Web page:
determined ahead of time (step 1). The number of required sources can vary too depending on

what the instructor wants from students. This exercise require at least one full class, or possibly

up to two – it would be very difficult to do complete all steps listed below in one class.

 

Before starting: Students should be on individual computers and be on the Internet for step 1.

Before steps 3-5, students should be logged into the shared Google Doc file, have CUNY+ up,

and have an MLA generator site up. Each entry added by a student should be identified by

initials. Students and instructor can watch the projection of the Google Docs file and see the

works cited list grow in real time. The instructor’s role is to facilitate questions or problems as

they arise. Students should also be helping each other with questions or problems as the arise.

 

Step 1: Topic choice – Students should first look at various news websites (NYT; NPR; BBC;

CNN; etc.) and try to find 2 general topics (news stories) that interest them. It doesn’t matter if

they know anything about the topic ahead of time or not. They should first – write the headline

or topic down on a piece of paper; second – write one or two questions related to that topic

(specific, but also open); and third – brainstorm and write 5-10 key words or variable search

terms and phrases related to their topics.

 

Step 2: Students will hand these to the instructor and the instructor will quickly pick 2 or 3 (1 is

also fine) and add them to the class Google Docs file. The instructor should type it as written –

the topic or headline; the questions; and the search terms and put these in bold or a larger font

size. These are the topics that the class will then work on for the remainder of the exercise. If

there are multiple options, students can focus on one topic or switch back and forth as they like.

While the instructor is doing this, students should be logging into the Google Docs file,

CUNY +, and have an MLA generator on another page.

 

Step 3: Students will then find at least 2 articles online and post them under the appropriate

topic. Students must post their entry in proper MLA format – this means using an MLA

generator site, putting their entry in the appropriate place (as more entries get added), and not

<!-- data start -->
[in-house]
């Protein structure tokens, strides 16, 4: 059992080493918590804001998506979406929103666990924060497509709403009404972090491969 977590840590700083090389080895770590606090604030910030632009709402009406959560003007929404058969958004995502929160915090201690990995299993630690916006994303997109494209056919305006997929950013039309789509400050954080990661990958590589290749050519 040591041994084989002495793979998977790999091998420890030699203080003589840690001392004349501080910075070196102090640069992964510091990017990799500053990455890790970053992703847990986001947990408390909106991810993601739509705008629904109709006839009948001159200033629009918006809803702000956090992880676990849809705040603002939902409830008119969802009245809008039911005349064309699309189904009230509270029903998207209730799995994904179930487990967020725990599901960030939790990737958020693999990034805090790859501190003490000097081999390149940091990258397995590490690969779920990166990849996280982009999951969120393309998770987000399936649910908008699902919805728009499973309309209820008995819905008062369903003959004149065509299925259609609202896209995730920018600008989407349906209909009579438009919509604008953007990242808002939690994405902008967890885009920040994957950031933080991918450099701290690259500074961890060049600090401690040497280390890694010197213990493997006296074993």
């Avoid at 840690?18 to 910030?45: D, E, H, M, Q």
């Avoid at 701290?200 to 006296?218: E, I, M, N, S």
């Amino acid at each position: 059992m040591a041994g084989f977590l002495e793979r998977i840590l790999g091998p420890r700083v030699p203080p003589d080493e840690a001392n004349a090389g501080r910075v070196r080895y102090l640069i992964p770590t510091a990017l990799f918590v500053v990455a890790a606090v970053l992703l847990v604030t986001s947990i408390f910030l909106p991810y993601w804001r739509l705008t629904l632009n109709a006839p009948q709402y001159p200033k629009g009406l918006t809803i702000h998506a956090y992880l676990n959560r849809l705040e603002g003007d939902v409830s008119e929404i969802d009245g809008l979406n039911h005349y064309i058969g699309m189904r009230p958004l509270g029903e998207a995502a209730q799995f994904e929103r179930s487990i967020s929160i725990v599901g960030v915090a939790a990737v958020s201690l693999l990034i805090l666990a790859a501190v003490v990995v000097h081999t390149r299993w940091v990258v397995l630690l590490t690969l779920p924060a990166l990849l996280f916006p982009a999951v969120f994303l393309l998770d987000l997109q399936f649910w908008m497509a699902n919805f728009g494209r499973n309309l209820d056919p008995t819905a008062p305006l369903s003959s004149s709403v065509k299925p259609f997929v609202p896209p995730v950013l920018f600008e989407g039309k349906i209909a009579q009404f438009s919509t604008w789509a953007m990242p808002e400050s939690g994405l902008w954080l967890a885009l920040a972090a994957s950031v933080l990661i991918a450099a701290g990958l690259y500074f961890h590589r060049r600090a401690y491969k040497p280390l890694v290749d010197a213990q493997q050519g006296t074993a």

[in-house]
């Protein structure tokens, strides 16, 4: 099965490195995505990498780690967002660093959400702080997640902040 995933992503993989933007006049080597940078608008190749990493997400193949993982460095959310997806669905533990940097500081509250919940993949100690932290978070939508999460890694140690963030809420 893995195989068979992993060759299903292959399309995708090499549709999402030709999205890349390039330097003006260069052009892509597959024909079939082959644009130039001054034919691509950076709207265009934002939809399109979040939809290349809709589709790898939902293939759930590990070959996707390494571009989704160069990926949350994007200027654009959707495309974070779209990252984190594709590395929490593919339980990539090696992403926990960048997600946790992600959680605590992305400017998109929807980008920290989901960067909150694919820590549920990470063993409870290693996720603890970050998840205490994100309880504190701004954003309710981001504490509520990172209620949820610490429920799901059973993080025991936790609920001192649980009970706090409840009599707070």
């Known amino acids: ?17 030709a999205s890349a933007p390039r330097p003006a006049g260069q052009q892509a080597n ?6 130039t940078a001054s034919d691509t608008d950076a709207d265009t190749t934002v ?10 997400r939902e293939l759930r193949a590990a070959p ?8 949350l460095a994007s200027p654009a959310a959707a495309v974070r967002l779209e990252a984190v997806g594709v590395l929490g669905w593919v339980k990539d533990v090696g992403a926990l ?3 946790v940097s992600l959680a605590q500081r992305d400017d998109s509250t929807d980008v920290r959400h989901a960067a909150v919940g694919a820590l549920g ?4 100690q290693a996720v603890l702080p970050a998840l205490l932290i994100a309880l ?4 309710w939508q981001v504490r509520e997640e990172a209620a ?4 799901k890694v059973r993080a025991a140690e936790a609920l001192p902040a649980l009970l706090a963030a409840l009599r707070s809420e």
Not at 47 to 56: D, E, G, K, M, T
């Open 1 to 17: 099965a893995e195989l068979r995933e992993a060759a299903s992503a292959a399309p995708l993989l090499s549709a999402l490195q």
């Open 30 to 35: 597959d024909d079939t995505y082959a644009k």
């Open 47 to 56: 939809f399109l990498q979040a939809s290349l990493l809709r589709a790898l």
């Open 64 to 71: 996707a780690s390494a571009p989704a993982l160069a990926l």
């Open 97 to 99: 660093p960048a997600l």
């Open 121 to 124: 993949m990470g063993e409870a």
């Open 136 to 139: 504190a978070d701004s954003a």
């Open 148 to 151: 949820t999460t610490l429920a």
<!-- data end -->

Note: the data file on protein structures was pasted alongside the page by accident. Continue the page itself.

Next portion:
having any duplication of entries. Students know how to Google so this should be fairly easy for

them.

 

Step 4: Students must then find 2 books on CUNY+ or NYPL that relates to one of the topics.

Again, entries must be done in proper MLA format. Other media may also be listed.

 

Step 5: Students will then find 2 or 3 scholarly peer-reviewed articles through a database. If the

instructor wants to have students find news articles or historical material through a database

(Lexis-Nexis or Historical NYT, for example) this could also be a requirement. This step may be

more difficult for some students. Ideally, the article should be closely related to the topic, but the

main point of this exercise is to go through the process of finding things and looking at journals,

article titles, and short abstracts. Again, these should be added in proper MLA formats.

 

Steps 6 and 7 are optional or can be modified as the instructor likes.

 

Step 6: At the end, class discussion can focus on how this collaboratively made works cited list

looks, what sources are more or less relevant (through class discussion with or without individual

assessment). Students can write briefly about their experience working on this. Students might

also each be asked to say or describe how they found the things they did, or if some entries are

especially impressive, those students might be called on to say how they found a particular entry.

 

Step 7: Students can then – as homework – print out and correct a minimum number of entries

(10, say) on the works cited list. Most or all students use generator sites once they know that they

can (or even things like Zotero), but they should know that these sites are not necessarily perfect

or correct and that they should know what the information in various works cited entries actually

means.

Download: Pre-Draft Assignment/Activity – Developing a Research Topic, Research Methods, MLA Formats